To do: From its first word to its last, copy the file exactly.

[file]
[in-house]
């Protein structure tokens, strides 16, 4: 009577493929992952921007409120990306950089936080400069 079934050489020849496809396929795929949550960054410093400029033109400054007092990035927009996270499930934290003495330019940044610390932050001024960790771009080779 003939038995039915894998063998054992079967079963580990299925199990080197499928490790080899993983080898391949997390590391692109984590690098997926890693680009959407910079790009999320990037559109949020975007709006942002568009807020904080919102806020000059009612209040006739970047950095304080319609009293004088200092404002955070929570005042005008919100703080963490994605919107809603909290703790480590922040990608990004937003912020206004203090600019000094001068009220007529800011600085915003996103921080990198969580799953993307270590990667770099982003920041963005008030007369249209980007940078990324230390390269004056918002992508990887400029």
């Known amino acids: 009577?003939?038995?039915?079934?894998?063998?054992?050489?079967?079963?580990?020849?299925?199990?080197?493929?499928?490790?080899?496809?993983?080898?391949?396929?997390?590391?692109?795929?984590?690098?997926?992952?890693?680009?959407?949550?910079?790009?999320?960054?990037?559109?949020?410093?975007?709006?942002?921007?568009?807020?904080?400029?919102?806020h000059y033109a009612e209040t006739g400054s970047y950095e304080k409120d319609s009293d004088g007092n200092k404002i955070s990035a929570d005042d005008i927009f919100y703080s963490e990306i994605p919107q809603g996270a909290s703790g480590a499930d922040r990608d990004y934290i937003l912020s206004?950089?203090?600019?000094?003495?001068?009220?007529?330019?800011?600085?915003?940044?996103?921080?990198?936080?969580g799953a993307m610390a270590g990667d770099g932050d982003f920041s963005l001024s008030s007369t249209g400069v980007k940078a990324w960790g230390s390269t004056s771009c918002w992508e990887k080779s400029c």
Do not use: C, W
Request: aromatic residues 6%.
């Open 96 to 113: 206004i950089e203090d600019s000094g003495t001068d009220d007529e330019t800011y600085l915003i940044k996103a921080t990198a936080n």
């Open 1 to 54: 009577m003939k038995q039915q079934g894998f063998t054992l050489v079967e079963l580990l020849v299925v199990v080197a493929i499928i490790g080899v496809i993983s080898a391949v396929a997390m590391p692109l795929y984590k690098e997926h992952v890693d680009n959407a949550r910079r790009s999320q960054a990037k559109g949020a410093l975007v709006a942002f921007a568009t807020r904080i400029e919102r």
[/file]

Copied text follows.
[in-house]
């Protein structure tokens, strides 16, 4: 009577493929992952921007409120990306950089936080400069 079934050489020849496809396929795929949550960054410093400029033109400054007092990035927009996270499930934290003495330019940044610390932050001024960790771009080779 003939038995039915894998063998054992079967079963580990299925199990080197499928490790080899993983080898391949997390590391692109984590690098997926890693680009959407910079790009999320990037559109949020975007709006942002568009807020904080919102806020000059009612209040006739970047950095304080319609009293004088200092404002955070929570005042005008919100703080963490994605919107809603909290703790480590922040990608990004937003912020206004203090600019000094001068009220007529800011600085915003996103921080990198969580799953993307270590990667770099982003920041963005008030007369249209980007940078990324230390390269004056918002992508990887400029």
């Known amino acids: 009577?003939?038995?039915?079934?894998?063998?054992?050489?079967?079963?580990?020849?299925?199990?080197?493929?499928?490790?080899?496809?993983?080898?391949?396929?997390?590391?692109?795929?984590?690098?997926?992952?890693?680009?959407?949550?910079?790009?999320?960054?990037?559109?949020?410093?975007?709006?942002?921007?568009?807020?904080?400029?919102?806020h000059y033109a009612e209040t006739g400054s970047y950095e304080k409120d319609s009293d004088g007092n200092k404002i955070s990035a929570d005042d005008i927009f919100y703080s963490e990306i994605p919107q809603g996270a909290s703790g480590a499930d922040r990608d990004y934290i937003l912020s206004?950089?203090?600019?000094?003495?001068?009220?007529?330019?800011?600085?915003?940044?996103?921080?990198?936080?969580g799953a993307m610390a270590g990667d770099g932050d982003f920041s963005l001024s008030s007369t249209g400069v980007k940078a990324w960790g230390s390269t004056s771009c918002w992508e990887k080779s400029c």
Do not use: C, W
Request: aromatic residues 6%.
């Open 96 to 113: 206004i950089e203090d600019s000094g003495t001068d009220d007529e330019t800011y600085l915003i940044k996103a921080t990198a936080n």
């Open 1 to 54: 009577m003939k038995q039915q079934g894998f063998t054992l050489v079967e079963l580990l020849v299925v199990v080197a493929i499928i490790g080899v496809i993983s080898a391949v396929a997390m590391p692109l795929y984590k690098e997926h992952v890693d680009n959407a949550r910079r790009s999320q960054a990037k559109g949020a410093l975007v709006a942002f921007a568009t807020r904080i400029e919102r």